Almost all agents have cold called at some time in their career. It’s still done.
Unfortunately, scams abound (“I’m calling about your computer…”) Bogus charities call. People claim you sent away for information when you didn’t. “We are conducting a survey…”
We haven’t even addressed robo calls! I’m a person who thinks a ringing phone conveys a sense of urgency. If you are like me, you have been on the receiving end of these calls. What do people do?
8 (Mostly) Humorous Approaches
Everyone talks about their experiences. Here are approaches I’ve heard when you answer the phone and know it’s the kind of telemarketer who gives honest, respectful telemarketers a bad name.
1. Business office. This is a serious one. It works for me. These calls often come through on my business line. I answer “Bryce Sanders” is a strong, professional tone. The caller often hangs up. Apparently, they are expecting to only be reaching residences.
2. This better be good. We have a neighbor who must get a lot of these calls. You can’t be sure, because sometimes they spoof numbers to fool caller ID. He doesn’t answer his home phone with “Hello” or “good evening.” In a strong voice he says: “This better be good.” It gets them off balance.
3. The radio station. You’ve seen this enough in movies and Tv dramas to know how radio call in programs work. (If you don’t, watch some episodes of “Frazier.”) The person answers their phone with the words “You’re on the air!” The caller thinks they are live on radio. They hang up.
4. The relative in the attic. One of our friends with an Ivy League background and involved in major NY social groups has a different strategy. She answers normally. The caller asks: “Is she the person in the household who makes decisions about…” She pauses and answers in a child like voice. “Oh, they don’t let me make decisions anymore….”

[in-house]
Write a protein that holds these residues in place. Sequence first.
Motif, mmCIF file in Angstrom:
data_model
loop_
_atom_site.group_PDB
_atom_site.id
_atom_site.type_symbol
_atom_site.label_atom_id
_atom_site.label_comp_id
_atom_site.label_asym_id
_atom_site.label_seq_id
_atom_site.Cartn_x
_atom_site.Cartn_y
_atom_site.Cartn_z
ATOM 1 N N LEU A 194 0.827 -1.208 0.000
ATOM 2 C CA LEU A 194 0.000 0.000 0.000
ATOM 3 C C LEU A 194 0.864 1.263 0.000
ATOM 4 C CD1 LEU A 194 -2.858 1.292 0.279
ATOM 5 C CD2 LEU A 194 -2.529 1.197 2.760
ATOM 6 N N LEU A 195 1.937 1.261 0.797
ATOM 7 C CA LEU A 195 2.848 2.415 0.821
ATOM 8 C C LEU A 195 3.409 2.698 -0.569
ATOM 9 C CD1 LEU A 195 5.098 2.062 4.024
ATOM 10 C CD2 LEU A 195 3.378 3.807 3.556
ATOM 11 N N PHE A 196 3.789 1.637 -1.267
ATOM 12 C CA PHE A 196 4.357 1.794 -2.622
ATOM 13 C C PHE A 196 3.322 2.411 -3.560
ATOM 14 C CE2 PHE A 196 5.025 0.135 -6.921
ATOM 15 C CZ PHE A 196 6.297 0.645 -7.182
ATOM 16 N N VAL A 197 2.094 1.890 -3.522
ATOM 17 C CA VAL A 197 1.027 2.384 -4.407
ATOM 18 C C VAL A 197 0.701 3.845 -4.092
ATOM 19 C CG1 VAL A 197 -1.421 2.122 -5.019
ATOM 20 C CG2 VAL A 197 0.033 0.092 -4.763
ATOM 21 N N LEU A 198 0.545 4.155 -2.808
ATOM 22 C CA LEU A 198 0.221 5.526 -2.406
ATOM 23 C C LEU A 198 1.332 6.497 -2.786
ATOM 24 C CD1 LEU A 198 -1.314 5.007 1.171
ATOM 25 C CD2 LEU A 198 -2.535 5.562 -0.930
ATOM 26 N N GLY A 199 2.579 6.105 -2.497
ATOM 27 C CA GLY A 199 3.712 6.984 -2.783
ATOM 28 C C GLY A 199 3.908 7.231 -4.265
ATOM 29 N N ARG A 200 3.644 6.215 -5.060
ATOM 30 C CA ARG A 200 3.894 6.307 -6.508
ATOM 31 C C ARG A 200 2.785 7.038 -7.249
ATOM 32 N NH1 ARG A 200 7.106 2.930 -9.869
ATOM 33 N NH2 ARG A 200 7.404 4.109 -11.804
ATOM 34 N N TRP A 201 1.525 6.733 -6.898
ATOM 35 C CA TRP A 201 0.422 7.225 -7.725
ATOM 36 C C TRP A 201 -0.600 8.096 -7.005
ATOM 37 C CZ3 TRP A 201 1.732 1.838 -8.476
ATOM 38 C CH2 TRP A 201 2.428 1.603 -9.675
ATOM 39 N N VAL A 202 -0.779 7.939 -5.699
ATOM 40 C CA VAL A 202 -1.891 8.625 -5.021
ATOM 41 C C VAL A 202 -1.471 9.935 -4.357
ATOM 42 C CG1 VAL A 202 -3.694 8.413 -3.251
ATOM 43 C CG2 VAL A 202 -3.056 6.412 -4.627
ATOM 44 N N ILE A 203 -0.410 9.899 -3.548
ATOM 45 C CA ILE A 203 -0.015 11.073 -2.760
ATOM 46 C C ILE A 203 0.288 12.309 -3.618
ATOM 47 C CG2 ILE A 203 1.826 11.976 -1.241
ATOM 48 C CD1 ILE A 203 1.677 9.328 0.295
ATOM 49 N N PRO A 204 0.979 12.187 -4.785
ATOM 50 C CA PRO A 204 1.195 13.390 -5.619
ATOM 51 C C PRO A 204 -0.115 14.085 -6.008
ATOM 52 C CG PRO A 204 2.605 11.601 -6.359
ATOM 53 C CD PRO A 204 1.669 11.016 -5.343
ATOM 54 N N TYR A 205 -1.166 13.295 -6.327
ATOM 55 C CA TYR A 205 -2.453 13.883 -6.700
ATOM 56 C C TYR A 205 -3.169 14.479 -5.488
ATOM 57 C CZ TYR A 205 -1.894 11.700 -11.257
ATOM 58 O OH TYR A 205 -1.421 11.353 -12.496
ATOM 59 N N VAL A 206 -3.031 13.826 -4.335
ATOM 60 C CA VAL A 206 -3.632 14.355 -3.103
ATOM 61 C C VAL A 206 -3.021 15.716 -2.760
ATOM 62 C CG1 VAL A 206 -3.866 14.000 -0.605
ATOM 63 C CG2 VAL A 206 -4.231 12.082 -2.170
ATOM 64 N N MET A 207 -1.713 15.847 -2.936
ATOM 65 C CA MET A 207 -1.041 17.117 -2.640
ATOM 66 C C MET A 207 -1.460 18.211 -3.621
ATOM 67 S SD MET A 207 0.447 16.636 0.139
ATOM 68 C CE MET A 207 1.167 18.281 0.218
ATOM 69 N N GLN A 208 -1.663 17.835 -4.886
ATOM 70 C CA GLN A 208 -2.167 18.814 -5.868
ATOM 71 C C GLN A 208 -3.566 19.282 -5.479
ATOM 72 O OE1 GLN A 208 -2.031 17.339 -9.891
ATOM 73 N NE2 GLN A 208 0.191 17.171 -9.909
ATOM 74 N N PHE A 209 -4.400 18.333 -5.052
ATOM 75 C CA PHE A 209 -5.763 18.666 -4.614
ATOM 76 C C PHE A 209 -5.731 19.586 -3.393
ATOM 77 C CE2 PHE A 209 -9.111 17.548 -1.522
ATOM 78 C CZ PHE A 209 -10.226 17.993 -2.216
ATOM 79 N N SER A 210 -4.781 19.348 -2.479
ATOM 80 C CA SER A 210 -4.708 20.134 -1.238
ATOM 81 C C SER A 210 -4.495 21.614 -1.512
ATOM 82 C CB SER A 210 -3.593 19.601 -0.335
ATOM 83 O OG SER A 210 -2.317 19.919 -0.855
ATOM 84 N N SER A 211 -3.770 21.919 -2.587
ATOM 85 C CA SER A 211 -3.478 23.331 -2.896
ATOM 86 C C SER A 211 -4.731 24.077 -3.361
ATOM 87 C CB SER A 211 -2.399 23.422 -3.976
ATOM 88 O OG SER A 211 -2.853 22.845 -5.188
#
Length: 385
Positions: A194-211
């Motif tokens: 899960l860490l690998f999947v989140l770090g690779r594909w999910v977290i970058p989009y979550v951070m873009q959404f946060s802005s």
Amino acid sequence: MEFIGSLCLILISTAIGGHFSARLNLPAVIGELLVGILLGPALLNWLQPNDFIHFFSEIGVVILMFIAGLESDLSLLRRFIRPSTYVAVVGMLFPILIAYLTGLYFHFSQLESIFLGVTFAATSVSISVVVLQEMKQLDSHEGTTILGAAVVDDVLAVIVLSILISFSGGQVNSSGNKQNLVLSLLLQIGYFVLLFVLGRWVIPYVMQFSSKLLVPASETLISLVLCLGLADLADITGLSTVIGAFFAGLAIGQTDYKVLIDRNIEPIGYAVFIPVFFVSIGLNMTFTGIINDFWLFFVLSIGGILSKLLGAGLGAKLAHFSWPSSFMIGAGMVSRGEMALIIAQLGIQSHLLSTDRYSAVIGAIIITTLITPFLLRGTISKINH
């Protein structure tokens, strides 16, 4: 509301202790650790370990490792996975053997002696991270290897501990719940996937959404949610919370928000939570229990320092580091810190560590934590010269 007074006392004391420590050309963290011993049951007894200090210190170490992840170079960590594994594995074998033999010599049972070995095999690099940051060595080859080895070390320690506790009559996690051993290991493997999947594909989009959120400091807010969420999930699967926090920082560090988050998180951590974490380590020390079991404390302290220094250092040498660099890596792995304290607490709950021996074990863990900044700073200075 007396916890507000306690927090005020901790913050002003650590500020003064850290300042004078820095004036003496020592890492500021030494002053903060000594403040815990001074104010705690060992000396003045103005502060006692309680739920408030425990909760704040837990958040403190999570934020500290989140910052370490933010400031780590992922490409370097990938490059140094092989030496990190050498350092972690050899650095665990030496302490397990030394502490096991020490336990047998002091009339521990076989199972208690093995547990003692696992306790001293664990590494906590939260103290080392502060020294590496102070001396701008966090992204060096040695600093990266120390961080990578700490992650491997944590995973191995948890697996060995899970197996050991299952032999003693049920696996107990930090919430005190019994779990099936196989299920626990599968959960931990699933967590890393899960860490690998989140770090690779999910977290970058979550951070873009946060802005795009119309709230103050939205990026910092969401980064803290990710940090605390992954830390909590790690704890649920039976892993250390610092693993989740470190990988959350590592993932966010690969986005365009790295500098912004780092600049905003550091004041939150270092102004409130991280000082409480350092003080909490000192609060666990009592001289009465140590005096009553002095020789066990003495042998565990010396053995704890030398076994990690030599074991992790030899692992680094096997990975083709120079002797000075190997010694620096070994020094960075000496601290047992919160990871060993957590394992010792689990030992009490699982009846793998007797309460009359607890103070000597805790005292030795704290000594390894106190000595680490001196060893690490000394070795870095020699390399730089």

5. Is it a paid survey? You get calls about surveys, especially as the election approaches. “We would just like to ask you a few questions…” You know the wording of the survey can be designed to get specific answers! The person receiving the call asks: “How much do I get paid for taking this survey?” They answer you don’t. They explain it’s going to take time to answer their questions. “Are you being paid to make these calls?” They answer yes. “Then why shouldn’t I be paid for completing your survey?”
6. The crime scene. You answer the phone breathing deeply. “I’ve done what you said. There’s blood all over the place. What do I do now?” The caller in unlikely to start talking about a virus on your computer.
7. These things take time. You answer the phone in a normal voice. Yes, you are interested in their product, but there’s a pot on the stove. “Just a minute…” You disappear for about 90 seconds, returning to the phone. “Yes, this sounds interesting. Let me get a pen…” You dissappear for another 90 seconds. They start again. You interrupt them: “This pen doesn’t seem to be working. Let me get another…” You disappear again. They will likely be the one to hang up.
8. The dinnertime caller. Another friend finds calls during dinner annoying. She politely lets them know she is having dinner. They keep talking. She asks what time they have dinner. She asks for their number, explaining she will call them back while they are having dinner.
We have all done cold calling. We might use scripts, but we go off script when the other person asks questions. We are sensitive to them. The people who call about the $2 million legacy you received and require you go buy a certain gift card in the amount of $200 and mail it to them, enabling them to release the funds, does not fit into this category.
— Read What Can Insurance Agents Do During Stock Market Declines?, on ThinkAdvisor.
Bryce Sanders is president of Perceptive Business Solutions Inc. He provides high-net-worth client acquisition training for the financial services industry. His book, “Captivating the Wealthy Investor,” can be found on Amazon.